What about spiders?
Our eight-legged pals are shooting you up with venom. In most cases, the venom is specific to invertebrates (creatures without backbones), not humans. In spiders with venom that affects vertebrates (and other organisms, such as crustaceans), it most likely evolved for defense and hunting smaller vertebrate and crustacean prey.
As mentioned earlier, spider venom is some nasty stuff, and generally comes in two varieties: neurotoxic (directly affecting the nervous system) and cytotoxic (affecting/killing cells, or necrotic in nature). But – generally speaking, it doesn’t carry bacteria, viruses or parasites. Spider venom is pretty much an equal opportunity killer. Making things rough for cells is what it does. You’d have to be a very tough bacteria, parasite or virus to survive swimming in that toxic soup, just waiting, hoping that the spider will bite something that will offer you a more habitable home. Evolutionarily speaking, you’re making things really, really tough on yourself.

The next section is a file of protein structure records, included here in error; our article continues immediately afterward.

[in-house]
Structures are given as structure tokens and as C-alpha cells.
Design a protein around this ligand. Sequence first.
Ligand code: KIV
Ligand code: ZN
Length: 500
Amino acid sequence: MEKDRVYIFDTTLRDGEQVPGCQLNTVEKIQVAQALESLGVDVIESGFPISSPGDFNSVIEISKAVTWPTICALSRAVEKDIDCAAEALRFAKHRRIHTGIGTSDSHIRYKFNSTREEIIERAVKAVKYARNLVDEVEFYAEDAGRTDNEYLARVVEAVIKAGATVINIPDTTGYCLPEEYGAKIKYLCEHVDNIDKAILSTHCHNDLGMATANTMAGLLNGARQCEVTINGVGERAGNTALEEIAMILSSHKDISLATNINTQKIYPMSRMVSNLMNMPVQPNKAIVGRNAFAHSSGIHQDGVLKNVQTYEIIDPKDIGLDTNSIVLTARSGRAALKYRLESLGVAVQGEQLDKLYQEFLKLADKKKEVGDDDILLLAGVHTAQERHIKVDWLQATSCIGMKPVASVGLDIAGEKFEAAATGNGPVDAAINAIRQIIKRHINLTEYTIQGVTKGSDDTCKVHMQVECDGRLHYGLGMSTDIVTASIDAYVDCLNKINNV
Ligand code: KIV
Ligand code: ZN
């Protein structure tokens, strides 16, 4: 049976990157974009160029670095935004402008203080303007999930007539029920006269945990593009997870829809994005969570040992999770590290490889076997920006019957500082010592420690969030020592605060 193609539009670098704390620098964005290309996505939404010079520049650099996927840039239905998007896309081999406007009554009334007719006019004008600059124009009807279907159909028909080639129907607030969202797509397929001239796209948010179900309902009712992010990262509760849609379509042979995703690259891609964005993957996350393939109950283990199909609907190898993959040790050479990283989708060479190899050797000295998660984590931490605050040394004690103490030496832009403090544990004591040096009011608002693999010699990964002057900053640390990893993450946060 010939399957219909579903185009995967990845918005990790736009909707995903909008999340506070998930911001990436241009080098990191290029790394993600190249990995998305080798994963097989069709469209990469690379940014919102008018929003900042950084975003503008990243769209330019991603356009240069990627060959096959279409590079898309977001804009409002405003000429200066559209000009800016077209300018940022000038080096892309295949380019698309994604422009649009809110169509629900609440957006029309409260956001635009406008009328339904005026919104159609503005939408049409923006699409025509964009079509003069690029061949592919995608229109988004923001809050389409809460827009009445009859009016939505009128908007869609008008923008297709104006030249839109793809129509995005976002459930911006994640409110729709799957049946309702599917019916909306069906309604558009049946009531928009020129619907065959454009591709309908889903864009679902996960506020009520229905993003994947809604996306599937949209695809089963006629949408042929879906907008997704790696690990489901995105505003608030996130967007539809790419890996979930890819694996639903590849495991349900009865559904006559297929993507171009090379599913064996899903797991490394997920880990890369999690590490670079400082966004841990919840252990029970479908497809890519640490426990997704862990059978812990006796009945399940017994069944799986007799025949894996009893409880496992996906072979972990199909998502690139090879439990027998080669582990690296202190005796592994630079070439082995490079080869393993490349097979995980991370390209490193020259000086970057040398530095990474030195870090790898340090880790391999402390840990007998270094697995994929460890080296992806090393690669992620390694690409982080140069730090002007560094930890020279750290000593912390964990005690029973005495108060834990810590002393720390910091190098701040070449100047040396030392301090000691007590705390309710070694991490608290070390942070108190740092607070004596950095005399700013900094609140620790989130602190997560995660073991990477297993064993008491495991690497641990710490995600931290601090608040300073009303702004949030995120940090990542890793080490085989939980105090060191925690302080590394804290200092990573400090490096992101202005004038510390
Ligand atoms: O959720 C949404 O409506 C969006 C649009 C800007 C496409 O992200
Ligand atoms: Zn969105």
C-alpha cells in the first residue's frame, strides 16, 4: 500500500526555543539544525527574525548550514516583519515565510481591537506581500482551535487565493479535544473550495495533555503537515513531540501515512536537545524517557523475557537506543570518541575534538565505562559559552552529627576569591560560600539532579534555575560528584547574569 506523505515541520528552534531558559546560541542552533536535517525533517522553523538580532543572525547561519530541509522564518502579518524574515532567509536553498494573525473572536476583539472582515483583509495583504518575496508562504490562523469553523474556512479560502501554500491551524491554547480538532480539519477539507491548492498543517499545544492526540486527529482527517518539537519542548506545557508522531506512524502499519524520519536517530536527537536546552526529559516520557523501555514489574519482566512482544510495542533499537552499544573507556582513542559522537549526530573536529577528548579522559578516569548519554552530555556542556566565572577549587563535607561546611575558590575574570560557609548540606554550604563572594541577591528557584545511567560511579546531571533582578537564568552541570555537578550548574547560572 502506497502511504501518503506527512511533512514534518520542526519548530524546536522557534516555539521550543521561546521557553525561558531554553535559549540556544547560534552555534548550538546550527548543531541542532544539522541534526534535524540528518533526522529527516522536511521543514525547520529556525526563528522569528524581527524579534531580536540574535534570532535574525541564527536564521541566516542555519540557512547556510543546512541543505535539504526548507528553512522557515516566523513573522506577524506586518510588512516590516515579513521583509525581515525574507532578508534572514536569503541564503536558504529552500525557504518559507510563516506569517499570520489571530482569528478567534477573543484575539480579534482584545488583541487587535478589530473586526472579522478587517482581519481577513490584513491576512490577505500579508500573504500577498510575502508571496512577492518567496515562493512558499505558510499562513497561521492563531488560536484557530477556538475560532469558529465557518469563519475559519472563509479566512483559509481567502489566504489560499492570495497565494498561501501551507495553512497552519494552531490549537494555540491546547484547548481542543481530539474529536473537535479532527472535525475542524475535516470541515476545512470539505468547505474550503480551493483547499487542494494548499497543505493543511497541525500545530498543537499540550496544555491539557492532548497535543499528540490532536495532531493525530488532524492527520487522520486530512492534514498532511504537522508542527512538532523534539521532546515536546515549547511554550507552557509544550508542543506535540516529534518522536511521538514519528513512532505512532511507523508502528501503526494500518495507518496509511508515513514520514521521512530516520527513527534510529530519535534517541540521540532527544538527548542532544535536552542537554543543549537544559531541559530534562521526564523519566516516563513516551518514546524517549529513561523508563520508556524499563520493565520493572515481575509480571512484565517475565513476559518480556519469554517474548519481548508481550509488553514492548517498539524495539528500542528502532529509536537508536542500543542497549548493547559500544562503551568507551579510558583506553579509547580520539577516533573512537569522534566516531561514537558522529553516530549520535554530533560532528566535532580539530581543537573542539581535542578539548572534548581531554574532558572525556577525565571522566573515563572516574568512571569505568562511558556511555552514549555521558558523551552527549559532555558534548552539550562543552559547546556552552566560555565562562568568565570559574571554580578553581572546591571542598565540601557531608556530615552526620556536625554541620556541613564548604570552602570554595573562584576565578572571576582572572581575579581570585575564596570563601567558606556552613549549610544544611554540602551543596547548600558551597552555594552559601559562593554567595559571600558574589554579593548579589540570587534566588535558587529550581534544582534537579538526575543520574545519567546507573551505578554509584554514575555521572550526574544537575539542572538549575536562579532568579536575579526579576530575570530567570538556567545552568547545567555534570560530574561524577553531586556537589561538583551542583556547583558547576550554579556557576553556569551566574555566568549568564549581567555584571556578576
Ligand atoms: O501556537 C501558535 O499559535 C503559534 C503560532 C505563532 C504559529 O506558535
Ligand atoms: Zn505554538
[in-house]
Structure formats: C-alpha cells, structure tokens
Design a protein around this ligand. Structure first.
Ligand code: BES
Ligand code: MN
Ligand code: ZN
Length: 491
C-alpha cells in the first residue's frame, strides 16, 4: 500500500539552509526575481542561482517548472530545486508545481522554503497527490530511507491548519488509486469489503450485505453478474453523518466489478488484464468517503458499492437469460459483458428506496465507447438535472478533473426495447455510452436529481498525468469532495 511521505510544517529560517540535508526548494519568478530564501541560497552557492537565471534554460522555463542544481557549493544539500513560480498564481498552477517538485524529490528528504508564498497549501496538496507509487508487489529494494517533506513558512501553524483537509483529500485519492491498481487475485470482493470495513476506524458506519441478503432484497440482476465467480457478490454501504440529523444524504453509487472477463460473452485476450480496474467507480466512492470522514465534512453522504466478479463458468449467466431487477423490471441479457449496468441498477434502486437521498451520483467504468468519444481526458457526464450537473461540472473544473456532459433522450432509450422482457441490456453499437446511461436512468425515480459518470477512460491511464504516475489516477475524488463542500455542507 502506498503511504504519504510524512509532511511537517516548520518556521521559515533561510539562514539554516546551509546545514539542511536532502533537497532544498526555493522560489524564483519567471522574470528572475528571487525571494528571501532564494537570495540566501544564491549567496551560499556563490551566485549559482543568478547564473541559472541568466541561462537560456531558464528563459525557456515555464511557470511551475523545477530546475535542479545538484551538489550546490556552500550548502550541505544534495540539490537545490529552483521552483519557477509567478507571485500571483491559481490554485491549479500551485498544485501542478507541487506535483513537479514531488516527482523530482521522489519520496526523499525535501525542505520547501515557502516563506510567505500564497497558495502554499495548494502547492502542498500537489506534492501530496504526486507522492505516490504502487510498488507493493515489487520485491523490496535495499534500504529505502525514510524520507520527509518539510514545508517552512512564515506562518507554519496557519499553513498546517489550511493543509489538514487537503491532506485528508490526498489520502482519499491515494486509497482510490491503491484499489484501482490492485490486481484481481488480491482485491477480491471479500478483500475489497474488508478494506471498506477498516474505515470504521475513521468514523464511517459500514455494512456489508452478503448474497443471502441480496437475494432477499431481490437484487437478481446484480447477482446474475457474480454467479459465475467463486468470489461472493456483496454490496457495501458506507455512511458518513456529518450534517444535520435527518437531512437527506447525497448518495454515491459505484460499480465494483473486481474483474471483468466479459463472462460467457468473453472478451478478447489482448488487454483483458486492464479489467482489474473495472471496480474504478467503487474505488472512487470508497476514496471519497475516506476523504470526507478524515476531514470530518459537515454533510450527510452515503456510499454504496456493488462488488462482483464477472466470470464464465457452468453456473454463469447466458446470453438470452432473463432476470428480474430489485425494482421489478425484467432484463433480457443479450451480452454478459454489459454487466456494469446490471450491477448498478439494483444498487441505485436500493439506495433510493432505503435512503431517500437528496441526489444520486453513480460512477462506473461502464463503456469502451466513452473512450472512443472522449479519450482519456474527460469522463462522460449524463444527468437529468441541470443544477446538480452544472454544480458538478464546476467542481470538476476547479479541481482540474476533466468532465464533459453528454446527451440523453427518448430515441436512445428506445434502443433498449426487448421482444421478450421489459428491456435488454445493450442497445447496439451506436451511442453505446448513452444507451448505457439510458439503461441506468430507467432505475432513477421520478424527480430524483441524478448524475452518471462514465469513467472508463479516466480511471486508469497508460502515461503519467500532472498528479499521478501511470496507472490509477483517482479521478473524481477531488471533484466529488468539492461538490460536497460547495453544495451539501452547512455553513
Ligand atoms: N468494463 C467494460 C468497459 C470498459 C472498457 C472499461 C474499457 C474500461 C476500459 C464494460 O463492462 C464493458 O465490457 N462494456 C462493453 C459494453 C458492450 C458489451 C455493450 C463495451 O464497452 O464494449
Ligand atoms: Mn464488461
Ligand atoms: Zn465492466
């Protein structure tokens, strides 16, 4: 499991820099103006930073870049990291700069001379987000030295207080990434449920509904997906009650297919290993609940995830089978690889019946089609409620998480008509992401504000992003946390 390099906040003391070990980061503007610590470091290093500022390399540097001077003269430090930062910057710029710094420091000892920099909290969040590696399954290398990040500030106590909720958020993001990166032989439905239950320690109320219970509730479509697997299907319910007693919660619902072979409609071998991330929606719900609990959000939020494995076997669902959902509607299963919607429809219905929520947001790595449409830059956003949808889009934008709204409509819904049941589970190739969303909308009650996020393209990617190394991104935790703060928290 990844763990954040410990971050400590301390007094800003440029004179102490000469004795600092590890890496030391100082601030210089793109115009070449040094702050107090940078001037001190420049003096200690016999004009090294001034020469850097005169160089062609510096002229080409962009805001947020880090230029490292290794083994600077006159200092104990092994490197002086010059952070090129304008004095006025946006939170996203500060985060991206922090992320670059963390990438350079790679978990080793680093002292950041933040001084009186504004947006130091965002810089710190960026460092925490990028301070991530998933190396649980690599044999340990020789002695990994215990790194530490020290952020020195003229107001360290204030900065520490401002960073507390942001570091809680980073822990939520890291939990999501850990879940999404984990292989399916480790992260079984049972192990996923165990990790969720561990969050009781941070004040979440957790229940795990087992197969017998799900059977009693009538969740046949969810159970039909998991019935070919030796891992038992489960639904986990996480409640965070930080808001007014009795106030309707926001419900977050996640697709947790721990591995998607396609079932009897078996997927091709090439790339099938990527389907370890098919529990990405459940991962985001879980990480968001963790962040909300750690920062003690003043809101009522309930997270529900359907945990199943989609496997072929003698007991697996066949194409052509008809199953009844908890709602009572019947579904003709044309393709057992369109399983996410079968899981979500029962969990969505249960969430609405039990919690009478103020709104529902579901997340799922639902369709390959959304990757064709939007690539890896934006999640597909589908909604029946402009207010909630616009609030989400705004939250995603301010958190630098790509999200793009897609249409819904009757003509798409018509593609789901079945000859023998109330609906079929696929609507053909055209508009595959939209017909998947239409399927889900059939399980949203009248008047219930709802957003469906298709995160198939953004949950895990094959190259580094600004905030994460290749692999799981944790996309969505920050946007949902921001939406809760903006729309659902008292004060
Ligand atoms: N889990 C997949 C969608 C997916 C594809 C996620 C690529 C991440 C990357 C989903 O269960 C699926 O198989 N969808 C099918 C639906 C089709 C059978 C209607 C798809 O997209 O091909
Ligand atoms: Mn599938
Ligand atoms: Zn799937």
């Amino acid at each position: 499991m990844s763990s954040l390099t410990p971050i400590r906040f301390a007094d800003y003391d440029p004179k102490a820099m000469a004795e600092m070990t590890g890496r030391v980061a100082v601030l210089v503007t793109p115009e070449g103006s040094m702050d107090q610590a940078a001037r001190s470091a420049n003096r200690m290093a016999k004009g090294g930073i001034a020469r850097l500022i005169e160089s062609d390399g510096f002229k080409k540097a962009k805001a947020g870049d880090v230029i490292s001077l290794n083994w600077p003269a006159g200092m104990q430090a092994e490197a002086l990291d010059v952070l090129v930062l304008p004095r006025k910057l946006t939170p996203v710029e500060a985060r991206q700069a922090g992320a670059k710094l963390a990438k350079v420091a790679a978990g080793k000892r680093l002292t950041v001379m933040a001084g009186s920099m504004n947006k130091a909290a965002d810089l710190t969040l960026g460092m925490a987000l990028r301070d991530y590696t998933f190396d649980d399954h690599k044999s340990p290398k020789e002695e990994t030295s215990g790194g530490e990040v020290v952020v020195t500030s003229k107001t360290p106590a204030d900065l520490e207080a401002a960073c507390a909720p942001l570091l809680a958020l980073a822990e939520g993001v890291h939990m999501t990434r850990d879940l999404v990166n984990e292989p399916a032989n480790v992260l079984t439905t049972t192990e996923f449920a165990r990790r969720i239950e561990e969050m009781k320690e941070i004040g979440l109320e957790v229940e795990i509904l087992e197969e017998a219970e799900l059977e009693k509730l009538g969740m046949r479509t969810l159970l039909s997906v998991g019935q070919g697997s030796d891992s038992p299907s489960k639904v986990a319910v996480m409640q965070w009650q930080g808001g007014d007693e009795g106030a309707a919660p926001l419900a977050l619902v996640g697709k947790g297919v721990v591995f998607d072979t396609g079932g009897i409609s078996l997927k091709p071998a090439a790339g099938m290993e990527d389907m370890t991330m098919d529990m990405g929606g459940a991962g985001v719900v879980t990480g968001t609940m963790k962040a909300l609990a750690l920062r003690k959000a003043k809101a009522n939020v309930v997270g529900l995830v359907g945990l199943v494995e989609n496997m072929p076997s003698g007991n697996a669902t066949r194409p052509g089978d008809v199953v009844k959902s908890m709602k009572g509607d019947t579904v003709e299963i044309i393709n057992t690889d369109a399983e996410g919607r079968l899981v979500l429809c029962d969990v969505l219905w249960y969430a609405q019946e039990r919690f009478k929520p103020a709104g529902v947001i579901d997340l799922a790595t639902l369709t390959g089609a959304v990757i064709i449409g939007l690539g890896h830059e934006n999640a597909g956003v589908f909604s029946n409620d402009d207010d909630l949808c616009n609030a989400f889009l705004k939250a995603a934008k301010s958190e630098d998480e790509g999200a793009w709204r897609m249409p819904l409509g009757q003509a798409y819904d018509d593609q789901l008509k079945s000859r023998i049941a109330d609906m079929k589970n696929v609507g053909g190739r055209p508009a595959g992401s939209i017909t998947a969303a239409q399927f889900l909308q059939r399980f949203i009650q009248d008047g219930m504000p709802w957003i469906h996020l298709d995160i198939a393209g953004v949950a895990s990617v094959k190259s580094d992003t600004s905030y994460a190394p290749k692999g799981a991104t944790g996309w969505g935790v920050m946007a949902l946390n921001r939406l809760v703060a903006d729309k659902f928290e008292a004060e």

A 2015 study which went back through hundreds of spider-bite reports concluded that the evidence pointing to spiders as disease carriers is extremely thin. More than that, the study concluded that even if a spider has bacteria on its fangs or mouthparts, that doesn’t mean it’s a vector for that bacteria (and resultant disease).